The Nkosi Albert Luthuli Young Historians' Prize is a part of the South African Department of Basic Education's ongoing commitment to encourage the study of oral history in South Africa. Started in 2005, the event is open to all learners between Grade 8 and Grade 11, and all history educators in secondary schools.1 The Department has partnered with South African History Online and the South African History Archive, making it possible for hundreds of learners to take part in the competition.2
Each year, eligible learners and educators compete first in regional competitions held in every province of South Africa. Learners are invited to participate in the regional selection process, which involves giving an oral presentation, as well as submitting a written portfolio. The portfolios are judged according to the criteria laid out for the competition. A panel of adjudicators, made up of historians, educators and heritage practitioners, select the top entries after a rigorous process of presentation and review. The selected entries go on to compete at the national competition.
look at the guidelines on how to successfully compete in the 2011 Nkosi Albert Luthuli Young Historians' Competition.
Look at the guidelines on how to successfully compete in the 2010 Nkosi Albert Luthuli Young Historians' Competition.
Read the 2010 draft circular to schools sent by the Department of Basic Education.
Read the adjudicators' final report on the 2009 Nkosi Albert Luthuli Young Historians' Competition.
Why participate in the competition?
The South African History Archive is proud to play a role in this valuable exercise, which emphasises the multiplicity of historical perspectives. We believe that the competition provides young South Africans with a unique opportunity to grapple with a challenging heritage pockmarked by violence, oppression and struggle, but also replete with stories of bravery, perseverance and reconciliation. In this sense, the oral history project is both a personal and academic exercise.
Developing research skills
Learners are given the chance to develop their skills of research analysis and interpretation, critical thinking, attention to detail and communication.4 This set of skills development is supported by the National Curriculum Statement, promoting the use of different historical sources, as well as more inclusive history education methods.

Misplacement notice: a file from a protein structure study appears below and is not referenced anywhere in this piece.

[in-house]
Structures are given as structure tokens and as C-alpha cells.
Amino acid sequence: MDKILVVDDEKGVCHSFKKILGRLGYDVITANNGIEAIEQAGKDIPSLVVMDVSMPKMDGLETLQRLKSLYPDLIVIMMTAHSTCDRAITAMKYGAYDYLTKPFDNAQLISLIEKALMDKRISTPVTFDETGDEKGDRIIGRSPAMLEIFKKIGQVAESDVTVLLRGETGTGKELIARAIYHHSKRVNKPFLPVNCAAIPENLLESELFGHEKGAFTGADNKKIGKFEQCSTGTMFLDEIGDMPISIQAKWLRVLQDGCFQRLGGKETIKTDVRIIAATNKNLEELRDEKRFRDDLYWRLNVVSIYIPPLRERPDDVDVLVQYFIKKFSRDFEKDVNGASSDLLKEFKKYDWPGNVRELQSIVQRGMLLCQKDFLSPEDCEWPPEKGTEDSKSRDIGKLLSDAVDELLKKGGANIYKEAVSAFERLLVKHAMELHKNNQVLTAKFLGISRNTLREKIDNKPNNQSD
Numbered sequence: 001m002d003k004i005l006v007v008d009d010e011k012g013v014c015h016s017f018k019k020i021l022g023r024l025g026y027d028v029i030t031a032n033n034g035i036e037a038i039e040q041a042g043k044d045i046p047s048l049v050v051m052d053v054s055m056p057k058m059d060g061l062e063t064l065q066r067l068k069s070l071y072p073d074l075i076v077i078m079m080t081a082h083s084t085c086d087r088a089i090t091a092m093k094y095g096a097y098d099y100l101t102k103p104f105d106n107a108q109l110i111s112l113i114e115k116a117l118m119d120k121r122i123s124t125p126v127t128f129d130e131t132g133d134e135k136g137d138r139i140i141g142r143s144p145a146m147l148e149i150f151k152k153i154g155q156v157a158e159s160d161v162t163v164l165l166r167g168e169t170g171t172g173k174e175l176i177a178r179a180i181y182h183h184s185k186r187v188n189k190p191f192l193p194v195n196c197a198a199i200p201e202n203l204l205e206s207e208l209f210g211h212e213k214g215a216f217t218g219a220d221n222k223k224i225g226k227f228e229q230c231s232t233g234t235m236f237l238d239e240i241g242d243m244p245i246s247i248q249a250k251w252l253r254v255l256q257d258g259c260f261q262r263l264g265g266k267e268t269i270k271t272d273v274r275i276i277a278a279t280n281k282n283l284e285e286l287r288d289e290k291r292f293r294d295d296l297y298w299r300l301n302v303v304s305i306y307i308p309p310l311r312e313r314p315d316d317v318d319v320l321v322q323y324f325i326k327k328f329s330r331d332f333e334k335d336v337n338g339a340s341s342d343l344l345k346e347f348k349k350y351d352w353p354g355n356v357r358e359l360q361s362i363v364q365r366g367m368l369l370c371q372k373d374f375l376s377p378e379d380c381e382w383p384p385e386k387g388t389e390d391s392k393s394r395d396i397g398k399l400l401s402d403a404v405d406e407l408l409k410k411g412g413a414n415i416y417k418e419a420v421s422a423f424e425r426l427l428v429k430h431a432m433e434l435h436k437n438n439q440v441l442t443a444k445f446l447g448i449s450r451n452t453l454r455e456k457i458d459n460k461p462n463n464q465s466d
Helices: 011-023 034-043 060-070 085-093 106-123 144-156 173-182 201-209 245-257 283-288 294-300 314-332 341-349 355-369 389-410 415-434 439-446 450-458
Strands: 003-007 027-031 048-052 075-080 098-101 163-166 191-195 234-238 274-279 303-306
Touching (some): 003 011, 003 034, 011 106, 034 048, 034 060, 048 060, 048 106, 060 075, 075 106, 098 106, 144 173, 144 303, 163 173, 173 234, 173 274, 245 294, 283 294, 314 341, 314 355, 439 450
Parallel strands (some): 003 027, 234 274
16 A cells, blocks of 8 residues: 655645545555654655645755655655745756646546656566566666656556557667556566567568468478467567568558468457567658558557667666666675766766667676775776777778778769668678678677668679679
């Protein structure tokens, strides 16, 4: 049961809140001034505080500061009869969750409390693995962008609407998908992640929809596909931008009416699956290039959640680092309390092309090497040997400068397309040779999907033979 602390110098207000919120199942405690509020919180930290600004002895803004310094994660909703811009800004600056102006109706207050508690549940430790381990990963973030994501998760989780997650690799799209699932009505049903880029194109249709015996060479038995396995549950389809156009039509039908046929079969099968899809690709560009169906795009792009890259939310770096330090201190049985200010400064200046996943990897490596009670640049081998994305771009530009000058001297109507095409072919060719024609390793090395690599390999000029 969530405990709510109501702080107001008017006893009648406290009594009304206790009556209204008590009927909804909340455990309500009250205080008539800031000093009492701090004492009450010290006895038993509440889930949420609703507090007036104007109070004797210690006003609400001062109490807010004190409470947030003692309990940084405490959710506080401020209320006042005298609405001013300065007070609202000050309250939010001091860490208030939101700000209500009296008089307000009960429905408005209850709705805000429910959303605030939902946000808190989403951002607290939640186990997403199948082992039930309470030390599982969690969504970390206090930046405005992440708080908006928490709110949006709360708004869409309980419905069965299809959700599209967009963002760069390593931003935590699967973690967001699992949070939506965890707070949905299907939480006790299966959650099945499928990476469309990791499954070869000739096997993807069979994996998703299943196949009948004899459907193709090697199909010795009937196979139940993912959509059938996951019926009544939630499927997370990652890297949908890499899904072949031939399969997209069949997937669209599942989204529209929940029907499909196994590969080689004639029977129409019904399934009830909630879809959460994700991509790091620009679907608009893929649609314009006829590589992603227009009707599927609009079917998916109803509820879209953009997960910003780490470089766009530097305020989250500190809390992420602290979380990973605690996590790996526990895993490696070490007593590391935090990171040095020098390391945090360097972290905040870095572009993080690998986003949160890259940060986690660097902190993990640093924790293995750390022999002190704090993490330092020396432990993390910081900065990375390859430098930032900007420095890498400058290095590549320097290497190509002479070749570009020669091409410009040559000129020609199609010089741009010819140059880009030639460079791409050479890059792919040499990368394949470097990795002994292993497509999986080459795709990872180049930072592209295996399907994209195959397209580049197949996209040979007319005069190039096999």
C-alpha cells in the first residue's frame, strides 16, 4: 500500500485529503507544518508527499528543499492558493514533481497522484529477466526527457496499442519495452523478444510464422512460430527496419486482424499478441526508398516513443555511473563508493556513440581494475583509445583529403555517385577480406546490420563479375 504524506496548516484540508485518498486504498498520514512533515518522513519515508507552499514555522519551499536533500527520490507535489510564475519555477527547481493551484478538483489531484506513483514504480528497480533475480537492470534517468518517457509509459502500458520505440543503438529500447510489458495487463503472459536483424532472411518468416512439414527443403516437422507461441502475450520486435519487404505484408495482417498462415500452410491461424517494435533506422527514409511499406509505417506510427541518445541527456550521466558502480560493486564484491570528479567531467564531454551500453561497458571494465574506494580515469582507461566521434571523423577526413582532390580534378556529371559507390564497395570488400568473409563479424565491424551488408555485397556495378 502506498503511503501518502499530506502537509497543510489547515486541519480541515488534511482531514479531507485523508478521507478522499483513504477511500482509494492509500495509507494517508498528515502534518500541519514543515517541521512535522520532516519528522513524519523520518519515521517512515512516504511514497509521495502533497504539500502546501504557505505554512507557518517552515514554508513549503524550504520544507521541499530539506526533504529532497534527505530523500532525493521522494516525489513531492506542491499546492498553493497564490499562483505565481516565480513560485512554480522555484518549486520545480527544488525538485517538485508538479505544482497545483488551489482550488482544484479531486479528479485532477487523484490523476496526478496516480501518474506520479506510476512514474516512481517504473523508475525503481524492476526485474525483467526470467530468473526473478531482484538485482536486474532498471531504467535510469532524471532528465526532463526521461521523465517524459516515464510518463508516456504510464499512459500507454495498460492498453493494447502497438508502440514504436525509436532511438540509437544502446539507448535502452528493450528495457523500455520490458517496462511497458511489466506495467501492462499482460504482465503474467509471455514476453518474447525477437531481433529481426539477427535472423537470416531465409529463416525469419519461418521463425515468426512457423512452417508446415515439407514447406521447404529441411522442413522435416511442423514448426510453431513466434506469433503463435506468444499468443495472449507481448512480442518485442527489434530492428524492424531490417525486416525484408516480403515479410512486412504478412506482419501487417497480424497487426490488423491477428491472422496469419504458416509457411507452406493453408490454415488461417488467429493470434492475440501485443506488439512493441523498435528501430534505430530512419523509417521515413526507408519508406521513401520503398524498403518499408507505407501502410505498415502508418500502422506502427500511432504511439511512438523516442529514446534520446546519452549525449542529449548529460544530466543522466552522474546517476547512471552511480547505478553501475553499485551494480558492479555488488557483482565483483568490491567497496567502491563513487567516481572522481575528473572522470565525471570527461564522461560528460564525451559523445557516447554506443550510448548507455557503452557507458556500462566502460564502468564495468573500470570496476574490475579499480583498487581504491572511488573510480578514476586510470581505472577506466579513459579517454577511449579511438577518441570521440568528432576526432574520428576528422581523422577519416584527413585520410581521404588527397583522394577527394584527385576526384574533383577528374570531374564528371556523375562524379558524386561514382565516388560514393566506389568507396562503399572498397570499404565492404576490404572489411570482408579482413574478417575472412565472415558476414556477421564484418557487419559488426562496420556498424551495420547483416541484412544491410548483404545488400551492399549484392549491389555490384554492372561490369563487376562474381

The competition forms part of the Department of Basic Education's commitment to enhancing a culture of social cohesion, human rights and tolerance. Named after Nkosi Albert Luthuli, the title of the competition is "most appropriate."3 After becoming the head of the ANC in 1952, Luthuli was the first African to receive the Nobel Peace Prize in 1961. Luthuli's commitment to education has inspired many to develop an understanding and appreciation of South Africa's broad history, as well as the richness of the histories of their local communities.
Competition for learners
Learners will be expected to do TWO things:
Give an oral presentation or video documentary of his/her oral research to a panel of adjudicators (it is not intended to be a dramatic presntation nor poetry.)
Prepare a written portfolio
The project must be based on oral history research. Learners who fail to engage properly with the oral history methodology will be heavily penalised. Learners must acknowledge all sources used in their portfolios. Bibliographies should be included. Plagiarism will be heavily penalised.
Evidence of personal reflection is a very important component of the oral history competition.The learner should be able to justify why the new information gained from the interview enriches his or her understanding of the past. This section can also include some reflection on the personal growth process enhanced by the oral history project. It can include a reflection on the overall value of oral history research in helping us to understand our past.
Competition for educators
Three educators from each province will be selected to represent their province at the national event. Educators portfolios are expected to include their work plans. These should document how the learners were assisted in their choice of persons. It is advised that learners should interview at least three persons, and should be guided towards interviewing members of their own communities.
The final theme of 'Hear our History' provides enrichment for educators.
1 Phori, John. Nkosi Albert Luthuli Young Historians' Competition: Celebrating noble values behind the life and times of the struggle icon,' Values in Education Subdirectorate, Bloemfontein Provincial Office, 2009
2 Denis, P. Introduction to Oral History Association, Oral History Association of South Africa, University of KwaZulu-Natal, 2006-2007
3 Adjudicators' Report, Nkosi Albert Luthuli Young Historians' National Competition, University of Free State, Free State Province, 24-25 September 2009
4 Competition History and Frequently Asked Questions, Nkosi Albert Luthuli Young Historians' Competition, South African History Online
5 Draft Circular to Schools, Nkosi Albert Luthuli Young Historians' Award 2010, Department of Education